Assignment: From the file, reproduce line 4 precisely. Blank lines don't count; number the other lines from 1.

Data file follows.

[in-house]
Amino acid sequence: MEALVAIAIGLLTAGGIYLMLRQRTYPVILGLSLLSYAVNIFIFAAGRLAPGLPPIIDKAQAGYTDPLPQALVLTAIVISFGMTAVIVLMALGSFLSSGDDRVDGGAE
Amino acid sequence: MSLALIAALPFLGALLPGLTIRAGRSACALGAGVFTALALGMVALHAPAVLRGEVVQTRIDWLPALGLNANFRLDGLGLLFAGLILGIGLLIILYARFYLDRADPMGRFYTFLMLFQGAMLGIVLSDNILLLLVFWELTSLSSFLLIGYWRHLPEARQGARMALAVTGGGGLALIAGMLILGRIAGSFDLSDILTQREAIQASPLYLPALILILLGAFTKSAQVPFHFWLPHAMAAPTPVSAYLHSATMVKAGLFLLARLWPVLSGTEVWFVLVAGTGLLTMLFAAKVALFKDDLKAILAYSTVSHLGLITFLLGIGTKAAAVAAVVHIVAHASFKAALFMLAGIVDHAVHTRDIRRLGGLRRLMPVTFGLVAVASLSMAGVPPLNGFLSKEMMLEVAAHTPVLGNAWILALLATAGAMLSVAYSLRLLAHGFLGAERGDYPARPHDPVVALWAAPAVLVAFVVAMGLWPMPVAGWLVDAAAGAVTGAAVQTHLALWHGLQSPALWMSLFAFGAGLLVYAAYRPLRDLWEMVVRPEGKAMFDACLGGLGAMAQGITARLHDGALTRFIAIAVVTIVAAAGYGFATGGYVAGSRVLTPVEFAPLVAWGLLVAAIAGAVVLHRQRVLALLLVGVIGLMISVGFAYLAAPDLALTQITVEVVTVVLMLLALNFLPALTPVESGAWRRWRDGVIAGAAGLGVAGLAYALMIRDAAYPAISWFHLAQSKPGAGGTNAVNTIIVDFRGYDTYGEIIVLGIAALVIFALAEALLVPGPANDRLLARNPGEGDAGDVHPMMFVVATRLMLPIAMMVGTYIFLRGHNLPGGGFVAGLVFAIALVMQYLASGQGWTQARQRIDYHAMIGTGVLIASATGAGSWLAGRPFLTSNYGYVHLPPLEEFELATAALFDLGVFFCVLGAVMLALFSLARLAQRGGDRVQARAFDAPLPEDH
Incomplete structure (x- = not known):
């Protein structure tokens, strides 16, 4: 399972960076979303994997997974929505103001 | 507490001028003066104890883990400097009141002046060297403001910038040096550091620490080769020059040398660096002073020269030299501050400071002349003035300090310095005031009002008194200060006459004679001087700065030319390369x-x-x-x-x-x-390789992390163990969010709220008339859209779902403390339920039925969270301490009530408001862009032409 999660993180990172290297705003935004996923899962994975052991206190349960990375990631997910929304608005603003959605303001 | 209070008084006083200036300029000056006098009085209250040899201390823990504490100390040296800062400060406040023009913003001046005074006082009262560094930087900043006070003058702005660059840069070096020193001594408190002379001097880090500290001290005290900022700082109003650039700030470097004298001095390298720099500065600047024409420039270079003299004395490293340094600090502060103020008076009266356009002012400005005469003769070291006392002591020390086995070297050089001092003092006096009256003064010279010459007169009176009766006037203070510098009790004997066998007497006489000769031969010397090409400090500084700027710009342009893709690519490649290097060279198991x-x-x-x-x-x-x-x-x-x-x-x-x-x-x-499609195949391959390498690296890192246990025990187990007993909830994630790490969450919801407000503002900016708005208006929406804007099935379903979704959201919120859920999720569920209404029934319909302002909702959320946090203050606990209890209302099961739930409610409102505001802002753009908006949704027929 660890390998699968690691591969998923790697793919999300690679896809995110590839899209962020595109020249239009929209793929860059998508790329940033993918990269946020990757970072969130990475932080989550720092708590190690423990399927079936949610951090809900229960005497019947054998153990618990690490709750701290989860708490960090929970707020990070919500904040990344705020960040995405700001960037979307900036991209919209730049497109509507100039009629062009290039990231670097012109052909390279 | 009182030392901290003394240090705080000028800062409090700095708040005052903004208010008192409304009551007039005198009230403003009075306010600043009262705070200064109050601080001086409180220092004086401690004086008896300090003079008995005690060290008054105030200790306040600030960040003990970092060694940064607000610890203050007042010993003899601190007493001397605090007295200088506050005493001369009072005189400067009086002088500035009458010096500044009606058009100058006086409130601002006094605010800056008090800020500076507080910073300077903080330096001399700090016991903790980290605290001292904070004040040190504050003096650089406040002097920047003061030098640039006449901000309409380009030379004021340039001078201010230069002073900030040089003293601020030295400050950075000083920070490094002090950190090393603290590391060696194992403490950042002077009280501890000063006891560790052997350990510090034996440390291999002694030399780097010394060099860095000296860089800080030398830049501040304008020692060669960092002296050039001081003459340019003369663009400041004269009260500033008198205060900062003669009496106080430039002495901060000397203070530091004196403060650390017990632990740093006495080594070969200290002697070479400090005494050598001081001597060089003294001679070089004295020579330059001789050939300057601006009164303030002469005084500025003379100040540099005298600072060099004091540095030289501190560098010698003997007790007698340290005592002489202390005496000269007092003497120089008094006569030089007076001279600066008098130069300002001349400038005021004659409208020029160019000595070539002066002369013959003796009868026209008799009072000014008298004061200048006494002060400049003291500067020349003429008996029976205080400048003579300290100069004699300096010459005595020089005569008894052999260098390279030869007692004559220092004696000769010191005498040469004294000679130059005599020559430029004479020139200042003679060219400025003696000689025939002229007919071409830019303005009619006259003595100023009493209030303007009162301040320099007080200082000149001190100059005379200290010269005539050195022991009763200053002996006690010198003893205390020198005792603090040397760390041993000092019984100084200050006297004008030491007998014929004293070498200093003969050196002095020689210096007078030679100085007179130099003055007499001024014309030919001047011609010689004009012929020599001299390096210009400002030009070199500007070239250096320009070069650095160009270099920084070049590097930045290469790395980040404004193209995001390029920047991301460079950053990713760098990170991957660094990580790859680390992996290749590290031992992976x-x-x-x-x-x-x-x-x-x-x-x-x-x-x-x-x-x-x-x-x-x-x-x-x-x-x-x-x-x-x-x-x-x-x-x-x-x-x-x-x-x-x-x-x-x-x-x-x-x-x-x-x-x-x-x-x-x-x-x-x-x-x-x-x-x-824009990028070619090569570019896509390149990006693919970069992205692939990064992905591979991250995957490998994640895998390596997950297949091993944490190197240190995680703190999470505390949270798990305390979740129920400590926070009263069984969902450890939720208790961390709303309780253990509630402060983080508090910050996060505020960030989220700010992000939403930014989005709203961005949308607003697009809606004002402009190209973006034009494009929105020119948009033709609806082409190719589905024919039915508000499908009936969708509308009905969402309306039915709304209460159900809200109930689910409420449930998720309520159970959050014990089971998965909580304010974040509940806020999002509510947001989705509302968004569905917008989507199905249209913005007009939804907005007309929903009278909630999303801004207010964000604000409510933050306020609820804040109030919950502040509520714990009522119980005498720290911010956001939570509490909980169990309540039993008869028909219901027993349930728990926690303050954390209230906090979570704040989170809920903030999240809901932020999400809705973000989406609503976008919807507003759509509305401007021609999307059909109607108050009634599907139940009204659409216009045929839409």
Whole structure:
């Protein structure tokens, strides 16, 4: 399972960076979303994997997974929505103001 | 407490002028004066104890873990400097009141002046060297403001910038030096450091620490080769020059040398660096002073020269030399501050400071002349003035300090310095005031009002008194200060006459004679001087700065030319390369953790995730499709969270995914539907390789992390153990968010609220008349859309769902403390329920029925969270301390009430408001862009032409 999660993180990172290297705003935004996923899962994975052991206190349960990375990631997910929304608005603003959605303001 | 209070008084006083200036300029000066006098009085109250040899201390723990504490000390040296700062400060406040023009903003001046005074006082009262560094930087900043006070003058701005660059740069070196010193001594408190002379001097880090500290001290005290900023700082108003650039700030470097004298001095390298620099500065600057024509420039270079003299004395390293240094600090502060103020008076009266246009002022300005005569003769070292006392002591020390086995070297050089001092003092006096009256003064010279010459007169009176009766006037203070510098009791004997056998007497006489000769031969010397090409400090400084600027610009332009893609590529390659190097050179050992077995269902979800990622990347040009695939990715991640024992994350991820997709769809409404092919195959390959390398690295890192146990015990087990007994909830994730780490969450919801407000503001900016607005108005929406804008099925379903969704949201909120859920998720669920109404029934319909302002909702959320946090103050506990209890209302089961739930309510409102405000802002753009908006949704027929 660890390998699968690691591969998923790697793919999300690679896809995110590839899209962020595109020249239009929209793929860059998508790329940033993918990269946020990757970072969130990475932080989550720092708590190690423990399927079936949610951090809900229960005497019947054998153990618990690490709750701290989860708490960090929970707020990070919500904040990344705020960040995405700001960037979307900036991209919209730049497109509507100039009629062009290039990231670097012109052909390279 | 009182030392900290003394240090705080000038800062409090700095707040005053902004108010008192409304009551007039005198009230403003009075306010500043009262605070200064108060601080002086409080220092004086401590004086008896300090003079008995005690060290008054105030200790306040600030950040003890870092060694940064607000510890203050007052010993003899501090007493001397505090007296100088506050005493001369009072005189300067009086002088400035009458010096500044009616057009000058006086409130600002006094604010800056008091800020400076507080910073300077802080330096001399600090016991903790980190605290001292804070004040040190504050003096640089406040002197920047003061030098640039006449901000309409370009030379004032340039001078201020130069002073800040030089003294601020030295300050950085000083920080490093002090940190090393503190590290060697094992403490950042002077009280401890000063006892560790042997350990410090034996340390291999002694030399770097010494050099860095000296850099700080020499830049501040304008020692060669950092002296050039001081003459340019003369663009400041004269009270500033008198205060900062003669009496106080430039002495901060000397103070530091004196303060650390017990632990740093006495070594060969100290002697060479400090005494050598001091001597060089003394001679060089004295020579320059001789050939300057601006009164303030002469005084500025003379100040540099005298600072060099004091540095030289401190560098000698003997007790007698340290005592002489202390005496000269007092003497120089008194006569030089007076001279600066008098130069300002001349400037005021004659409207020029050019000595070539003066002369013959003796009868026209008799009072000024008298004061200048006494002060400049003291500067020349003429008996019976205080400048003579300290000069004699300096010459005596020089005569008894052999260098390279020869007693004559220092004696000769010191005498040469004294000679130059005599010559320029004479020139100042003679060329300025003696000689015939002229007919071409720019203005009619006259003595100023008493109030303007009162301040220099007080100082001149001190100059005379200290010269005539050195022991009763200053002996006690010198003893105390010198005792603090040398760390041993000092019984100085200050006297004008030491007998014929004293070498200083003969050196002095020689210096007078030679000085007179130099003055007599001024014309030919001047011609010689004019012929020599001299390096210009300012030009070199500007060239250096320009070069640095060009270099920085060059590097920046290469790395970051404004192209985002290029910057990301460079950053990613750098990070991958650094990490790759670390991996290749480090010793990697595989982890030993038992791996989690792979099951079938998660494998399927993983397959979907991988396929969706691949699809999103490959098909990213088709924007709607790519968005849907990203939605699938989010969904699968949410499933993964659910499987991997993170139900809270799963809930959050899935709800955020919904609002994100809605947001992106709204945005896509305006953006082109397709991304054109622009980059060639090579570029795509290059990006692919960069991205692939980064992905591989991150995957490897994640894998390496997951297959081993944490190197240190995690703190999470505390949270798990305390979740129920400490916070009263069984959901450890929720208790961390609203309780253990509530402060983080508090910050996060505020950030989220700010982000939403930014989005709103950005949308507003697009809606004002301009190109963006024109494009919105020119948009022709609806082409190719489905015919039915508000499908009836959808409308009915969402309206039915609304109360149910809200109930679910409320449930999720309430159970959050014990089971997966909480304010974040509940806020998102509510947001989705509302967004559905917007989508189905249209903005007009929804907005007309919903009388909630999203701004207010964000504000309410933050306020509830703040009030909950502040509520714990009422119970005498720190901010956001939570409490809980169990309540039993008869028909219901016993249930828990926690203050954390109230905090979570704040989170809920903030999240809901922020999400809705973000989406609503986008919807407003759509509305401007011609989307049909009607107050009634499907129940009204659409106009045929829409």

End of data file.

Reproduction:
Incomplete structure (x- = not known):